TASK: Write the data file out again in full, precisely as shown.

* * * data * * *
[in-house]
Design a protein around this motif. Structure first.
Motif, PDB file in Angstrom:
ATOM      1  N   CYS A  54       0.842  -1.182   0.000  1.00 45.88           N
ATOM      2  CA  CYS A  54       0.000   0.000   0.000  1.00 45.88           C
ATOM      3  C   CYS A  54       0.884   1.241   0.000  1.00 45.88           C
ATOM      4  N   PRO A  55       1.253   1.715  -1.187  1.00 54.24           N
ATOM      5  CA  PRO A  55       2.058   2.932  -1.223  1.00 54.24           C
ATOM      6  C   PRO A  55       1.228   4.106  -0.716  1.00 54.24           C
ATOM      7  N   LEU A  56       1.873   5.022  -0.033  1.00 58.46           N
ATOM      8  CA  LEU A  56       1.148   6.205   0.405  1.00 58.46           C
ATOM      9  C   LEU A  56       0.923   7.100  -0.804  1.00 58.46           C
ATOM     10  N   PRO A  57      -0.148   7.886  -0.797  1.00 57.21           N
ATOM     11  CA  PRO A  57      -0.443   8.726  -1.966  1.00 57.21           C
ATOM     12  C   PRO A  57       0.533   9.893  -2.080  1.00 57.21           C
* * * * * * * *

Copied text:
[in-house]
Design a protein around this motif. Structure first.
Motif, PDB file in Angstrom:
ATOM      1  N   CYS A  54       0.842  -1.182   0.000  1.00 45.88           N
ATOM      2  CA  CYS A  54       0.000   0.000   0.000  1.00 45.88           C
ATOM      3  C   CYS A  54       0.884   1.241   0.000  1.00 45.88           C
ATOM      4  N   PRO A  55       1.253   1.715  -1.187  1.00 54.24           N
ATOM      5  CA  PRO A  55       2.058   2.932  -1.223  1.00 54.24           C
ATOM      6  C   PRO A  55       1.228   4.106  -0.716  1.00 54.24           C
ATOM      7  N   LEU A  56       1.873   5.022  -0.033  1.00 58.46           N
ATOM      8  CA  LEU A  56       1.148   6.205   0.405  1.00 58.46           C
ATOM      9  C   LEU A  56       0.923   7.100  -0.804  1.00 58.46           C
ATOM     10  N   PRO A  57      -0.148   7.886  -0.797  1.00 57.21           N
ATOM     11  CA  PRO A  57      -0.443   8.726  -1.966  1.00 57.21           C
ATOM     12  C   PRO A  57       0.533   9.893  -2.080  1.00 57.21           C